When an exposed person breathes silica dust, it enters the lungs and reaches the air sacs, where gas exchange of oxygen and carbon dioxide takes place. The silica particles are taken up by immune cells called macrophages, which are designed to destroy foreign organisms in the body using special enzymes. “Unfortunately, the lungs do not have the means to completely eliminate silica dust: instead of being destroyed by macrophages, silica attacks immune cells, which release enzymes as they die. Once these enzymes are released, they irritate the lungs and initiate an inflammatory process: the release of cytokines then leads to inflammation, as well as fibrosis. This is because special cells – called fibroblasts (which produce collagen) – move and then begin to lay down fibrous tissue around the particles, forming nodules of scar tissue in the lungs (so-called “eggshell” microcalcifications). “details Dr Frédéric Le Guillou.

The accumulation of scars gradually reduces the exchange of oxygen in the lungs and leads to worsening shortness of breath, gradually hampering breathing. Neither the secretion of mucus nor the often associated dry cough can stop this shortness of breath. Silicosis can also cause chest pain and sputum containing traces of blood. Hardened scars appear as fibrosis on a chest x-ray.

Are there different categories of silicosis?

There are three forms of silicosis which have their own manifestations:

Acute silicosis

Also called silicoproteinosis, it can appear after just a few months to two years of exposure to a high concentration of silica particles. It is characterized by shortness of breath, feeling weak, fever, cough and weight loss. “On the x-ray, the inflammation is localized in the tops of the lungs, and not in the bases,” specifies the pulmonologist.

Chronic silicosis

This is the most common form, often developing after more than ten years of low to moderate exposure to silica dust; at first asymptomatically then the condition deteriorates over many years. “Chest x-rays help determine damage to the lungs when chronic silicosis is suspected: microcalcifications are easily visible.”, continues Dr Frédéric Le Guillou. The symptoms that should be taken into account are: shortness of breath during physical activity, as well as clinical signs of poor oxygen and carbon dioxide exchange. At an advanced stage of the disease, fatigue, extreme shortness of breath, chest pain, and respiratory failure are also present.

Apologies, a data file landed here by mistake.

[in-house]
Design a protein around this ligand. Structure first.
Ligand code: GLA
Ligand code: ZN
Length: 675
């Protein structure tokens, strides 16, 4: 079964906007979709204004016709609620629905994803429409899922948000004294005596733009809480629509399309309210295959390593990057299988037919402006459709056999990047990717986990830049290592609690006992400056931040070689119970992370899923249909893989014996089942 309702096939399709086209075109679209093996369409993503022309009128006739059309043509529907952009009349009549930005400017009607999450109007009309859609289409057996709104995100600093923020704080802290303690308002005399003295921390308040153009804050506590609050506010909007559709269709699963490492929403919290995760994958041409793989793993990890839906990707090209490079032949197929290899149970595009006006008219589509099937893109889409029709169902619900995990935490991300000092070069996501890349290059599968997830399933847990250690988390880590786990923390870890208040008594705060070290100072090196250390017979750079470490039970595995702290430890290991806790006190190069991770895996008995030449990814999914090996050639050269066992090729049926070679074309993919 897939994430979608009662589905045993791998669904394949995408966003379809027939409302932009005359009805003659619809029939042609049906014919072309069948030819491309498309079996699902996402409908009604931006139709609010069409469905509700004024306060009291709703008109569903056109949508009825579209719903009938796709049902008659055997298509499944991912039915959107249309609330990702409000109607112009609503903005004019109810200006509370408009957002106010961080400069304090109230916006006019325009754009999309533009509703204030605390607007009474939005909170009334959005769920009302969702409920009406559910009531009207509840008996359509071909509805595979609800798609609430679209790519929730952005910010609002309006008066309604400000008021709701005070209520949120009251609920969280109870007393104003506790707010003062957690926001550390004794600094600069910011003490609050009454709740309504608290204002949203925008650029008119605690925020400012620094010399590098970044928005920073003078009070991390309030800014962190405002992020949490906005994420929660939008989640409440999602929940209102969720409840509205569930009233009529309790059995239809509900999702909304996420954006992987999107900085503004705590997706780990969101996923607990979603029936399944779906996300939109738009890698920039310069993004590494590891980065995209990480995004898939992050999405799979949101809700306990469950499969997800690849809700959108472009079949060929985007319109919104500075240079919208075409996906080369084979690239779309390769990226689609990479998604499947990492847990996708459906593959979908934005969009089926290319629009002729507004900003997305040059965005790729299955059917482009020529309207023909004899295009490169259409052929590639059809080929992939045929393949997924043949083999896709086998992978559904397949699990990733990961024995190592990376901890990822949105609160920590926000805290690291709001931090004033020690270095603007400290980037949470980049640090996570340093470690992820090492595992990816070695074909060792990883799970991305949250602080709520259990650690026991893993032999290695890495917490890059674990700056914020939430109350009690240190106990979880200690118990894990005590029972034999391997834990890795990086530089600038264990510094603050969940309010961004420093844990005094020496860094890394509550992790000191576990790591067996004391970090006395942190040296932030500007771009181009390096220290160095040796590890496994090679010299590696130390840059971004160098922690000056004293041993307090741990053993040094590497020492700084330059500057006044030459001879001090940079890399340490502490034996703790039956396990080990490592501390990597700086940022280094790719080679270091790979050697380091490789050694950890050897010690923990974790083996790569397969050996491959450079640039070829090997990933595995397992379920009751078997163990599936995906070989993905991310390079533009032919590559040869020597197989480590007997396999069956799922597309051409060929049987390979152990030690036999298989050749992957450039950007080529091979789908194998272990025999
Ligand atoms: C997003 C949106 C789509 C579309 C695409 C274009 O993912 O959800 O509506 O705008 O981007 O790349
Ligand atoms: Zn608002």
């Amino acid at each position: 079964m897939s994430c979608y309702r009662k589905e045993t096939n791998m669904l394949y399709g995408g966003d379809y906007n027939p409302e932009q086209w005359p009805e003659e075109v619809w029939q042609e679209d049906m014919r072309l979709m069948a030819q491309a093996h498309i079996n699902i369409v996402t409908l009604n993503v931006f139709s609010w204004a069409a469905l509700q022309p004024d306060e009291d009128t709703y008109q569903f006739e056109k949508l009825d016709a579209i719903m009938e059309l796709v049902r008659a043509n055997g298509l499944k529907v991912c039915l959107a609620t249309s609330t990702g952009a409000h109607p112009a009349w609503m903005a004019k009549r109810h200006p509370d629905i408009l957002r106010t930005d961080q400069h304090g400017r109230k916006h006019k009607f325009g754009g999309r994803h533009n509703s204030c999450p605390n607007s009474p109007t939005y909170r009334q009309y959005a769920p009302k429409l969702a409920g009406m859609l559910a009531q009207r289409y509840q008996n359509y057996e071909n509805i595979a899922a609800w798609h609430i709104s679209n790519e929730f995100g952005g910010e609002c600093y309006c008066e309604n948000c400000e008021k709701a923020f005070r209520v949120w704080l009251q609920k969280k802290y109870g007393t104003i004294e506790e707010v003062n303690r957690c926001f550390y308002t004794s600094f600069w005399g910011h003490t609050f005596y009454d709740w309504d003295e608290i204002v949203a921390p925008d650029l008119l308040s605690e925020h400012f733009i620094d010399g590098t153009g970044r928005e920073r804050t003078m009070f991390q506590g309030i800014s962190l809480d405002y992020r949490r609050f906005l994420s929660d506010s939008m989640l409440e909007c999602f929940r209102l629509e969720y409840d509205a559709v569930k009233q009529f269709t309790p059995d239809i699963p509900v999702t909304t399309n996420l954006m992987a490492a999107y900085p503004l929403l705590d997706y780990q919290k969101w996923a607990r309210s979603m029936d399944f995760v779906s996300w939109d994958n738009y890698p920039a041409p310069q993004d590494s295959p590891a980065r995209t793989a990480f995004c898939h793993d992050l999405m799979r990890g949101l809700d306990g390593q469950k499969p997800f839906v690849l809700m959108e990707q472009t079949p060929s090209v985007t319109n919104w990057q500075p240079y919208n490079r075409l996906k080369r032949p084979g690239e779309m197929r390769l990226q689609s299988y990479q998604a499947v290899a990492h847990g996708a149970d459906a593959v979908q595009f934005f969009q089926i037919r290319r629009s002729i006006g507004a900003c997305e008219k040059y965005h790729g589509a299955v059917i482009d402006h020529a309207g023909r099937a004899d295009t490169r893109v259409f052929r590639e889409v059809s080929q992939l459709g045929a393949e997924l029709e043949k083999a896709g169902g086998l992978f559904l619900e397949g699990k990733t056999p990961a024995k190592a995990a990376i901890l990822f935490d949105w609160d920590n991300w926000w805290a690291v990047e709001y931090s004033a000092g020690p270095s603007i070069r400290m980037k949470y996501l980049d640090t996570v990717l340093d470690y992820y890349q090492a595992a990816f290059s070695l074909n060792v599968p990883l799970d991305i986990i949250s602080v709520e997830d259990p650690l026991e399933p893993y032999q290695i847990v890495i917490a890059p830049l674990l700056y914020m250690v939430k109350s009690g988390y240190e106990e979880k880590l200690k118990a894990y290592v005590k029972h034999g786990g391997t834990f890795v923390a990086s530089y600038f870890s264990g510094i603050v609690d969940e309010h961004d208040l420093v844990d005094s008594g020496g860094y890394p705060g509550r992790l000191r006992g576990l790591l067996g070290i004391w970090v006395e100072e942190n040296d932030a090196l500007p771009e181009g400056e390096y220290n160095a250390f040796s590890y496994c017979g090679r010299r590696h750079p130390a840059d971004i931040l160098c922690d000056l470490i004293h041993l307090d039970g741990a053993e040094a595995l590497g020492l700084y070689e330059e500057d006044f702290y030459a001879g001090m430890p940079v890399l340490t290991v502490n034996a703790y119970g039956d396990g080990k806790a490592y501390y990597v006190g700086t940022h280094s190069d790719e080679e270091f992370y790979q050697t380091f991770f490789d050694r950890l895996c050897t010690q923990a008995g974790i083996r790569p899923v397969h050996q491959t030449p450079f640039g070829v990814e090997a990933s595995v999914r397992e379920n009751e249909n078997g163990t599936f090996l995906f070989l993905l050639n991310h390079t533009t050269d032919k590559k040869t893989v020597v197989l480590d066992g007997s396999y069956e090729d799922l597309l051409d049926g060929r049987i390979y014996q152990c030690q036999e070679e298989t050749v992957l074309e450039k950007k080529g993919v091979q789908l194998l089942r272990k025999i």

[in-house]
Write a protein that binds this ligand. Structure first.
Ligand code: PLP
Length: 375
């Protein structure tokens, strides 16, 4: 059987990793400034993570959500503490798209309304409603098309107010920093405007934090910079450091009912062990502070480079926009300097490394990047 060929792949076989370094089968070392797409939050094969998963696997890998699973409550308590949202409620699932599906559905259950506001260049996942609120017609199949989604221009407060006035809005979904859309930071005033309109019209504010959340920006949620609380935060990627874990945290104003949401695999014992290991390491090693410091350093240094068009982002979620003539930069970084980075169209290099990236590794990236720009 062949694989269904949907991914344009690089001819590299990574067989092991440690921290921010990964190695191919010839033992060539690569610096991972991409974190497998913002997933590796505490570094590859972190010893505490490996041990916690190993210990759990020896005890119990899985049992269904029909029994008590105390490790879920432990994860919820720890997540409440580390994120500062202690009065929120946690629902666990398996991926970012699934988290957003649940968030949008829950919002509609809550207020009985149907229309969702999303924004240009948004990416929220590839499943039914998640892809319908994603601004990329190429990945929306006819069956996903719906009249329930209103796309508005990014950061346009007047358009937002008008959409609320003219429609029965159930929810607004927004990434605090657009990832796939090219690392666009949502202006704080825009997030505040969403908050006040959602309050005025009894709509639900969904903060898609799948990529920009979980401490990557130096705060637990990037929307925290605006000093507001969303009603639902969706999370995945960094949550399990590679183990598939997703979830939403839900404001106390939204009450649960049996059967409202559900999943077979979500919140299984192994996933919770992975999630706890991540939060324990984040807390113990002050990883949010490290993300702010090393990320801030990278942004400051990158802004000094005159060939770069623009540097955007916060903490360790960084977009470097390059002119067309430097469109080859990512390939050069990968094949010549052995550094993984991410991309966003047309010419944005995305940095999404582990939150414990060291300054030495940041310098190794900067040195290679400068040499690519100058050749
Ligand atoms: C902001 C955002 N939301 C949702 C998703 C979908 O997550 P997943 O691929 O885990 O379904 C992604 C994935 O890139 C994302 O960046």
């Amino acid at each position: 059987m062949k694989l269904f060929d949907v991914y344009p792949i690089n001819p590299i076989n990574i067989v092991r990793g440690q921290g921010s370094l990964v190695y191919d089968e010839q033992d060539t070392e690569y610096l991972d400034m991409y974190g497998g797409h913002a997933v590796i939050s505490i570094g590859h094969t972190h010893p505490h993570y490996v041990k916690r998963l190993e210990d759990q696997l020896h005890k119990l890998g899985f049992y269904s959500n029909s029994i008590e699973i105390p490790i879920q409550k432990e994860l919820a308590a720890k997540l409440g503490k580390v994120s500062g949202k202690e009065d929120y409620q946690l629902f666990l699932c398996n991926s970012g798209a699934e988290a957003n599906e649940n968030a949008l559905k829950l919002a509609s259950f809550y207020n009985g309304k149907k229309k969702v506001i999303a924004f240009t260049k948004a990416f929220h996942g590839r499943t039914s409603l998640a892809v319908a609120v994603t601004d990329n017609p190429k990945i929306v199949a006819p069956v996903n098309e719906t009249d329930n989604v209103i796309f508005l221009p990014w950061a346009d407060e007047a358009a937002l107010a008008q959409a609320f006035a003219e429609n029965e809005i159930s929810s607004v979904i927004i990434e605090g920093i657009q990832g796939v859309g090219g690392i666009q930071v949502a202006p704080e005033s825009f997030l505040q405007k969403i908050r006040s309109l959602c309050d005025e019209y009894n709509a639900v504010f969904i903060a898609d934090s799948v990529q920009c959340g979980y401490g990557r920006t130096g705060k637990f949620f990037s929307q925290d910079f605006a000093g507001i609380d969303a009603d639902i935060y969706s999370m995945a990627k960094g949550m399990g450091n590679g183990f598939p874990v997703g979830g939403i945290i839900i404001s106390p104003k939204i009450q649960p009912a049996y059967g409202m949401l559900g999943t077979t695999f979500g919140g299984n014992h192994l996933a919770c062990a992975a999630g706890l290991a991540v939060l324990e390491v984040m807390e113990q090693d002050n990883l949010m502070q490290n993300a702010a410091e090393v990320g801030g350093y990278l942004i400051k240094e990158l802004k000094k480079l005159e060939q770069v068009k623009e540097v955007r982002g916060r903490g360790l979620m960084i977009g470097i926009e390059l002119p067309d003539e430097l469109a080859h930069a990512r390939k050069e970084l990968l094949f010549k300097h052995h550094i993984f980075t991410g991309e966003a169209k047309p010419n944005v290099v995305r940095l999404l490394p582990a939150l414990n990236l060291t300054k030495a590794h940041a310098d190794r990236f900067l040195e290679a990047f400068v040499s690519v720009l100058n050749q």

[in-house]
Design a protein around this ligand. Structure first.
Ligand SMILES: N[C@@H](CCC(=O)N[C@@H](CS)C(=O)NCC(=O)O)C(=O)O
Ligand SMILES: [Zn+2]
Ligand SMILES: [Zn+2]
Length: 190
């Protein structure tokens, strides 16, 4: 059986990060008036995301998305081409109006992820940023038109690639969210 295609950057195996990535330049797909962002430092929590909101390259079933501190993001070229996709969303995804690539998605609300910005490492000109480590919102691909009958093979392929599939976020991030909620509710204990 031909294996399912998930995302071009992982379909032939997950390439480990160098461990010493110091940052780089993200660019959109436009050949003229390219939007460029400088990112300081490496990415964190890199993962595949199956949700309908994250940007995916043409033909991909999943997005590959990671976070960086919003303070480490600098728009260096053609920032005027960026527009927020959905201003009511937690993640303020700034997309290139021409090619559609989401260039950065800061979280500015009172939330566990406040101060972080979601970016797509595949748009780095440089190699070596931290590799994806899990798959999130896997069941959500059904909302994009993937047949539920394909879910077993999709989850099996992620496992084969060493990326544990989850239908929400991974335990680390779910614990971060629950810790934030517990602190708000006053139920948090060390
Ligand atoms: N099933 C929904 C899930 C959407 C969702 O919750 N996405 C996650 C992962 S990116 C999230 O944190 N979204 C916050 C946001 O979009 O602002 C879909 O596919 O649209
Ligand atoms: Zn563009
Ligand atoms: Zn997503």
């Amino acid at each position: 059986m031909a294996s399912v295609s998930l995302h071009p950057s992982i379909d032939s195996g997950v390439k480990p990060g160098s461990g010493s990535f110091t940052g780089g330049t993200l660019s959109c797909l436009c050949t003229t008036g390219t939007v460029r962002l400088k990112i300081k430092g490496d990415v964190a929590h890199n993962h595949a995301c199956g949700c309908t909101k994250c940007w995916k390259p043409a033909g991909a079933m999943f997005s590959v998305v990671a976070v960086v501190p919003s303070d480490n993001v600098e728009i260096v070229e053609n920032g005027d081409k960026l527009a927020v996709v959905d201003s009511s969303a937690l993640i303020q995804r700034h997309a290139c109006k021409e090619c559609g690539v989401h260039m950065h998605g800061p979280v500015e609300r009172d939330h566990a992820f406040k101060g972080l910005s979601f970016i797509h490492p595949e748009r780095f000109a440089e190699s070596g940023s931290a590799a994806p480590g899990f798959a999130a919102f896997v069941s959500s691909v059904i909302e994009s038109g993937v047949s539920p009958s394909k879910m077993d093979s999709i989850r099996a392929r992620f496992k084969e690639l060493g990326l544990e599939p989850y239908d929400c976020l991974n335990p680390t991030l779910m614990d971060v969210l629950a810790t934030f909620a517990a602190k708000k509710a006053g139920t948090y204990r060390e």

Accelerated silicosis

It develops more quickly than chronic silicosis, after only one to ten years of exposure to silica dust. Severe shortness of breath, weakness and weight loss are the signs that should alert you.

Please note: The disease continues to progress, even when the affected person has stopped being exposed to silica. This damage is irreversible. Pulmonary fibrosis can also develop into lung cancer.

There are also simple silicoses and complicated silicoses, called progressive massive fibrosis (PMF). Simple silicosis may never get worse.

To summarize, several factors are likely to cause silicosis, to varying degrees:

  • The amount and type of dust inhaled;
  • The amount of free crystalline silica in the dust;
  • The form of silica (crystalline or amorphous);
  • The size of inhaled particles;
  • The duration of the exhibition;
  • Individual capacity for resistance: some people are more sensitive to it than others;
  • The presence of associated smoking or not;
  • The age of the worker.

Illness of miners: are other professions exposed?

Silicosis is caused by the inhalation of silica dust particles (crystalline silica). The main mineral component of the earth's crust, its dust is therefore produced by most industrial activities.

The professionals most affected are people working in mines: “But there are very few of them today.“, raises the pulmonologist. “For miners, silicosis is a bit of a disease of the past.”. There are also other professions which are still affected by this illness today.

Where is silica dust found?

However, silicosis does not only affect miners. It may also concern people who work in quarries, tunnel boring, building sites (construction, demolition and rehabilitation of buildings or infrastructure) and public works (sanding, sweeping, shot blasting, breaking, drilling, grinding or sawing). concrete, mortars, milling, use of hammer drills, polishing, cutting or cutting of siliceous stones, bricks, glass, roof coverings, etc.), jeans manufacturing factories, and even certain flour mills.

In the construction sector, exposure levels to crystalline silica still exceed…